1. This site uses cookies. By continuing to use this site, you are agreeing to our use of cookies. Learn More.
  2. Hi Guest, welcome to the TES Community!

    Connect with like-minded education professionals and have your say on the issues that matter to you.

    Don't forget to look at the how to guide.

    Dismiss Notice

Schools urged to remove stigma around sickness absence to stop unwell teachers going to work

Discussion in 'Personal' started by TES_Rosaline, Oct 18, 2019.

  1. TES_Rosaline

    TES_Rosaline Administrator Staff Member

    The Education Support Partnership is calling on schools to ‘break down outdated perceptions’ around sickness absence to allow teachers to practise self-care and stay at home when they are ill instead of feeling compelled to go to work:

    ‘Almost half of classroom teachers in England "always" feel compelled to go to work even when feeling unwell – compared with just a quarter of workers in other industries, a new study shows.

    The survey, of 1,549 primary and secondary teachers and school leaders in England, also reveals that 57 per cent of senior leaders would always come into work when feeling ill, and 42 per cent of staff working in other roles (such as TAs and learning mentors) would do the same.

    This compares with just 16 per cent of staff in the medical and health services sector who said they would come into work when feeling unwell through similar low-level ailments, and 19 per cent of workers in the IT and telecommunications sector.’

    https://www.tes.com/news/exclusive-half-teachers-go-work-unwell

    What are your views about the results of the study? Do you think school leaders will listen and remove the stigma around sickness absences?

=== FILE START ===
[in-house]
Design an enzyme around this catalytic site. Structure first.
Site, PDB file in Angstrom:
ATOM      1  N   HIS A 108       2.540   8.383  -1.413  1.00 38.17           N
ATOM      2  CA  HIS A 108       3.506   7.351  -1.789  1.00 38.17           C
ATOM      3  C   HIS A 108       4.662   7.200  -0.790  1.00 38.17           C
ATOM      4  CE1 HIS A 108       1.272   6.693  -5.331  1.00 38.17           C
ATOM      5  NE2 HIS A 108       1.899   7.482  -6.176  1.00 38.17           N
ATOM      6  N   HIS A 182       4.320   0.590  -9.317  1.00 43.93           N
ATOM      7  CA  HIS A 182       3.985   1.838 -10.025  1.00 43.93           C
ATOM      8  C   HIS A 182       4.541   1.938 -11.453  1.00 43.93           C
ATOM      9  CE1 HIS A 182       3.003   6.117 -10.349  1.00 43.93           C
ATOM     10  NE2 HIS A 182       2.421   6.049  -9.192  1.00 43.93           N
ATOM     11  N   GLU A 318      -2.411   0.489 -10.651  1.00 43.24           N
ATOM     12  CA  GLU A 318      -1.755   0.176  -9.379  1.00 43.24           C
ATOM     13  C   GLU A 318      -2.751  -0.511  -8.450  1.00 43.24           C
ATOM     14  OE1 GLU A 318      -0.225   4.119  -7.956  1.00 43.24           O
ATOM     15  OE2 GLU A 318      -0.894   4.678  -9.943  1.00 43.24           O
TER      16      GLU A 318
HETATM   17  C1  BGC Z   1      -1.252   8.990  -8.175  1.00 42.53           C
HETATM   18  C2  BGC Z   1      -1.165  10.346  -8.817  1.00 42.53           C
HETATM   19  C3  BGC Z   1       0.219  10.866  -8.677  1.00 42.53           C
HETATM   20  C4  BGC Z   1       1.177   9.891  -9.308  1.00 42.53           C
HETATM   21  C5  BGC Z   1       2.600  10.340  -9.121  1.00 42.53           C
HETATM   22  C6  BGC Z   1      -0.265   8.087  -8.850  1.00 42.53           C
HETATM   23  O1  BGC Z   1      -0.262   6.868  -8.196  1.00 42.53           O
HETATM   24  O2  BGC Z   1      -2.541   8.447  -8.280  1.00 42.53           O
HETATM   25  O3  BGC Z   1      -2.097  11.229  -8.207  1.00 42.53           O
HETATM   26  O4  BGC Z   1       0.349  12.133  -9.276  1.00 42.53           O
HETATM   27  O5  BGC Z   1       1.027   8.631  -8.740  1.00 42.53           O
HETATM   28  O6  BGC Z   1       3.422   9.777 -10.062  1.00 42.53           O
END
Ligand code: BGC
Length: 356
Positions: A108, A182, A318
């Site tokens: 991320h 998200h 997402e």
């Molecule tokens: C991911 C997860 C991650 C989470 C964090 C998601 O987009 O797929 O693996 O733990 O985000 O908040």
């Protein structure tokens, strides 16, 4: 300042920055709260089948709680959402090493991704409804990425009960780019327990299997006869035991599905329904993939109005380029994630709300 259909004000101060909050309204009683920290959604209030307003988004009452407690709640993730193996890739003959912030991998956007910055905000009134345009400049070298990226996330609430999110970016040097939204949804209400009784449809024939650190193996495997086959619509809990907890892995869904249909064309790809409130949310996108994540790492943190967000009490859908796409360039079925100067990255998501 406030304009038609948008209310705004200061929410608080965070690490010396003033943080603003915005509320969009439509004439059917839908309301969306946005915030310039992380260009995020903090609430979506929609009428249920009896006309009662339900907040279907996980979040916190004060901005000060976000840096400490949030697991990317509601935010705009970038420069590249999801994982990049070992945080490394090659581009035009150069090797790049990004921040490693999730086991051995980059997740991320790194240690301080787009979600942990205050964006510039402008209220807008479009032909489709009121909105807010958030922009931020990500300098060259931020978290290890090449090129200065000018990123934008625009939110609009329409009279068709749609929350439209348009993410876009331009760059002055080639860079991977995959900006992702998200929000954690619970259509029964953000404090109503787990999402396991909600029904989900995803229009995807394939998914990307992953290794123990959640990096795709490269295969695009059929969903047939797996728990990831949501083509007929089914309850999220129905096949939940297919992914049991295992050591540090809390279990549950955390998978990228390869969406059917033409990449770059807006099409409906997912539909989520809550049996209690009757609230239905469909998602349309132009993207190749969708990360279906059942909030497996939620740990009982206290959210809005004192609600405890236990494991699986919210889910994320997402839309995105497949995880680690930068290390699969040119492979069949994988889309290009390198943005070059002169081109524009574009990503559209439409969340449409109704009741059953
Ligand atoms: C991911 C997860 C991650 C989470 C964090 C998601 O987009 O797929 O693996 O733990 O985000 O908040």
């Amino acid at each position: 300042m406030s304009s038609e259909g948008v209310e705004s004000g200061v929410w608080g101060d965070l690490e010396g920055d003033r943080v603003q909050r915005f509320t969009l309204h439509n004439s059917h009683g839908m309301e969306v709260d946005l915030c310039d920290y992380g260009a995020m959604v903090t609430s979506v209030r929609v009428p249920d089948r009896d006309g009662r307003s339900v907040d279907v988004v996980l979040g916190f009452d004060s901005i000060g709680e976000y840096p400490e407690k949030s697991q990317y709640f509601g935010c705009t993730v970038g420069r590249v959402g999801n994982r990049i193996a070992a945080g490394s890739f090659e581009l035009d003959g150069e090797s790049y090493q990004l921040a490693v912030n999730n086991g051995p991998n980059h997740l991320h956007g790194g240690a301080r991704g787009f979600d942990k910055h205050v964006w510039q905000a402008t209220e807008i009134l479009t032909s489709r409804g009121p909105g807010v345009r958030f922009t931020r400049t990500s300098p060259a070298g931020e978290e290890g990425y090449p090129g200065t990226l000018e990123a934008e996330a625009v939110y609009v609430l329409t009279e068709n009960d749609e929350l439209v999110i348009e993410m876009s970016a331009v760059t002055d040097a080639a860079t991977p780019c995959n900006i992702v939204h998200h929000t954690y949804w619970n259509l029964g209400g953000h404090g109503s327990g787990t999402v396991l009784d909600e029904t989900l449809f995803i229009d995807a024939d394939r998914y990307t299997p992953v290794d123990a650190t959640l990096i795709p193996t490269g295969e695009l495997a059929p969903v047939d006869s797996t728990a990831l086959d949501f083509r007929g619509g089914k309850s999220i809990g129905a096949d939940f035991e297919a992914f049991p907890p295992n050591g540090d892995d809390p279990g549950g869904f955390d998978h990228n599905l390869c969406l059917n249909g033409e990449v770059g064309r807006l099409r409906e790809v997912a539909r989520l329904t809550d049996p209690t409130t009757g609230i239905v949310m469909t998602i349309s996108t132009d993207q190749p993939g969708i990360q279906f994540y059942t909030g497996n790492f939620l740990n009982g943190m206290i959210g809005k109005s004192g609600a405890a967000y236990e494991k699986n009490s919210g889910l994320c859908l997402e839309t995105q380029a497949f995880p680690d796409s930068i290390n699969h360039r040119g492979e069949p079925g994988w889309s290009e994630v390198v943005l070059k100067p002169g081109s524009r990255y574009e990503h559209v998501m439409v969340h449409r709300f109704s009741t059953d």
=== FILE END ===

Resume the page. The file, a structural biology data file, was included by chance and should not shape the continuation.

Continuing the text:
2. BelleDuJour

    BelleDuJour Star commenter

    Teachers go in when unwell for a number of reasons. The first is guilt................because they are made to feel guilty. Guilty for not being there for students. Guilty for other staff having to cover. Guilty for supply costing money. Some years ago the unions negotiated no cover to be set if you are ill, but that has been eroded and you are expected to set work even if you've been up all night vomiting and sat on the loo! Another reason is that it is often easier to sit your class in front of a video than set work and be made to feel guilty as above.
    It's about time teachers were treated better over sickness. None of us want to be ill, but being off sick feeling ill, guilty and trying to set cover work, or dragging yourself in sick, feeling 5h1te and potentially spreading the germs is not the way to treat illness.
     
  3. Mangleworzle

    Mangleworzle Star commenter

    No, not at all.

    I've heard management brag about how they still get in while unwell. If you are able to sit in a quiet office and do some dull but worthy tasks it's a very different day to a no compromise full timetable with difficult classes. Being a classroom teacher means you can't still function so effectively while ill, less intense teaching jobs mean you can to a greater degree.